As the recently appointed chairman of the board at Embarc Collective, a Tampa-based business incubator, ReliaQuest founder and CEO Brian Murphy has big shoes to fill. Namely, those of Jeff Vinik, the Tampa Bay Lighting owner and uber-entrepreneur who’s transforming the Tampa skyline with his Water Street Tampa project.
Murphy, in an interview with the Catalyst, said Vinik will remain involved with Embarc Collective as vice chairman of the board, and that he’s looking forward to collaborating with him and the incubator’s CEO, Lakshmi Shenoy, as a leadership triumvirate, of sorts.
“I don’t really look at us as vice chair and chair, but more of a team,” Murphy said. “We both share a really big vision and obviously there are few people with as big of a vision as Jeff. I love being around him for that reason and feeding off that.”
He added, “There a lot of people who have big vision, but not many people press ‘play’ and actually go and build on it. That’s definitely something that was very compelling to me. We both share that vision and we’re both willing to put the work in, and we have a leader in Lakshmi who is world-class and one of the best CEOs I’ve ever been around.”
Murphy is no stranger to Embarc Collective. He joined the board in 2020 and is also a member of the organization’s Founders Circle, a group of Tampa’s top business leaders who have become Embarc Collective board members and are committed to tracking the startup hub’s success. He told the Catalyst that he’s looking forward to sharing the hard-won entrepreneurial wisdom that has helped him build ReliaQuest into one of the region’s most successful tech firms.
Since it was founded by Murphy in the late 2000s, ReliaQuest has grown to 600 employees in five locations around the world and raised $330 million in funding from leading private equity firms KKR and FTV Capital. The company’s clientele includes household names such as American Eagle, Campbell Soup Co. and St. Jude’s Research Hospital.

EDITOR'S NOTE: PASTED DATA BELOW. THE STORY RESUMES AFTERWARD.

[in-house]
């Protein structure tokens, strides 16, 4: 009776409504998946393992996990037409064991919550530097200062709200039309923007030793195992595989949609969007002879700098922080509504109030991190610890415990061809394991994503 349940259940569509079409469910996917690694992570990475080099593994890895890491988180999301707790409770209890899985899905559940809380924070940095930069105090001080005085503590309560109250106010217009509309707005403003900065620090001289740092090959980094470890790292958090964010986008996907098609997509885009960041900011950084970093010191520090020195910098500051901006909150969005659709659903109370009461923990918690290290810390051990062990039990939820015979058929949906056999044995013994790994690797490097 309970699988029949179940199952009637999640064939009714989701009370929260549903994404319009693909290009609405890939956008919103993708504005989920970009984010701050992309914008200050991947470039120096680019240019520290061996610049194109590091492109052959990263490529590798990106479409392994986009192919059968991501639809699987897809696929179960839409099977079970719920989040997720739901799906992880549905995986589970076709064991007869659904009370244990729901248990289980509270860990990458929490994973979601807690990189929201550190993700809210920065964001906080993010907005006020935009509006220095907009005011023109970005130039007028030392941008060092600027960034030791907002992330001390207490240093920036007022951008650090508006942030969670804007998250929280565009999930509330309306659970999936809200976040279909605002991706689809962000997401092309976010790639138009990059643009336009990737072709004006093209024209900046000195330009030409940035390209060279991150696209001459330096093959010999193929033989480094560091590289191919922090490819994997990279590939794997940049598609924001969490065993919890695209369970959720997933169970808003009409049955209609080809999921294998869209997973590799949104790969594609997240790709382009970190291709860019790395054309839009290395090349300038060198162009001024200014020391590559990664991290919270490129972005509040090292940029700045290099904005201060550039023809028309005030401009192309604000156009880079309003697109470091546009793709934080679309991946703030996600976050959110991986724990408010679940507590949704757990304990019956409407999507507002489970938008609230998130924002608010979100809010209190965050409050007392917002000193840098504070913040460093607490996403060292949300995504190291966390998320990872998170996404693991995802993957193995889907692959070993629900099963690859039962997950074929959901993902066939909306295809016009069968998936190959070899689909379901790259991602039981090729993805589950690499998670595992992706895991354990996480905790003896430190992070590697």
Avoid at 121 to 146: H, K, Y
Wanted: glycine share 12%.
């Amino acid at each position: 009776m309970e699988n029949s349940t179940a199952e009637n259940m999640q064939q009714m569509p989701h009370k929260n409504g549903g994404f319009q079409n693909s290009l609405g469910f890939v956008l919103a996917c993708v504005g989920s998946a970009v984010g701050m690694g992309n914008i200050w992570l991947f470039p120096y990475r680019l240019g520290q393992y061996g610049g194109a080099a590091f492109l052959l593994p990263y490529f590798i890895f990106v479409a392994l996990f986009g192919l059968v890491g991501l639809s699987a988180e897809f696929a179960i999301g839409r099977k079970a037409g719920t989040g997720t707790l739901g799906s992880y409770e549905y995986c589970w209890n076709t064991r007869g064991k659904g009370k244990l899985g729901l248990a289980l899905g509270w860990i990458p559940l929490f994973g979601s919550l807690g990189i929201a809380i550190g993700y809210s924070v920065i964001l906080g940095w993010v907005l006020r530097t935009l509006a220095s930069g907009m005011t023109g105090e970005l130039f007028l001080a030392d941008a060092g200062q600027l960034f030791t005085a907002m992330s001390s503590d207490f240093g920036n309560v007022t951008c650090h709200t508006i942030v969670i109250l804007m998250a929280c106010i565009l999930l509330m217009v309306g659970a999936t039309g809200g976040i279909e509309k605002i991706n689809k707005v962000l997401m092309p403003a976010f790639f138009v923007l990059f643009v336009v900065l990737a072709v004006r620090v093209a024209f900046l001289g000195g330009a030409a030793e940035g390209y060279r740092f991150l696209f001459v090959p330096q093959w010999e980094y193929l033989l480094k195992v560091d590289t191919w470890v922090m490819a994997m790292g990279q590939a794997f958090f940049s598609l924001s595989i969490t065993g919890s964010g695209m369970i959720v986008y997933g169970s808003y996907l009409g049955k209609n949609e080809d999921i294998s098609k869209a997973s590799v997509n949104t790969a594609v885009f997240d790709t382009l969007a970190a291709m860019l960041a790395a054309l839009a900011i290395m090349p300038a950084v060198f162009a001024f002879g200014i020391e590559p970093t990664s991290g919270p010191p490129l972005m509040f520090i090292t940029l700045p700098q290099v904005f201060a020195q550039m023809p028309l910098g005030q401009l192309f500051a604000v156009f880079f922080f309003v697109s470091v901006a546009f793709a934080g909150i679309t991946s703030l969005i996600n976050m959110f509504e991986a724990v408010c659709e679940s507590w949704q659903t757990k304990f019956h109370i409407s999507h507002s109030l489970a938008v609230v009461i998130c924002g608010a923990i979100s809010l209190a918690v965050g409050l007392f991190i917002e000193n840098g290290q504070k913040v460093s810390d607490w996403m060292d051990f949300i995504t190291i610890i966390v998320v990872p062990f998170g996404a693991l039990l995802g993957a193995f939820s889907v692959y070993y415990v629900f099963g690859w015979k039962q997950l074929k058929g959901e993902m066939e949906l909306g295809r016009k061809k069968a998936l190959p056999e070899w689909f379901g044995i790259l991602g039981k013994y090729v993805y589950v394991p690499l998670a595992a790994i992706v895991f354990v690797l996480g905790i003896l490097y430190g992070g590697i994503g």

“I’m passionate about giving people help and support and resources that were not available to me as I was starting ReliaQuest,” Murphy said.
Embarc Collective, he added, “has paid consultants who have domain-specific expertise. So, take product development — being able to just sit down and talk with somebody about what you’re building and how to get there faster. Or maybe I need some help around how we’re thinking about demand generation or how we’re thinking about software lifecycle or how we’re thinking about release management. There are real resources right there that are committed to help — the members of the collective, not volunteers.”
Embarc Collective has about 70 members, Murphy said, including highly successful startups such as Cope Notes, TrustLayer, LeaseCake, FabStayz, Stemrad, Ideal Agent, IMMERTEC, Peerfit and Knack. The organization works with companies in Tampa Bay as well as across the state, and increasing its reach and influence is one of Murphy’s goals as chairman.
“People would be surprised to know that Embarc has member companies in Orlando and down in South Florida,” he said. “I want to make sure that people are aware of the capability and the support system that exists here. My big vision is to continue to connect the state. It seems like a big surface area for us. I think we can really help sideline to sideline and expand the reach and find more founders. I think there are people out there with great ideas that are in the trenches growing companies, and they need to know that there’s help here.”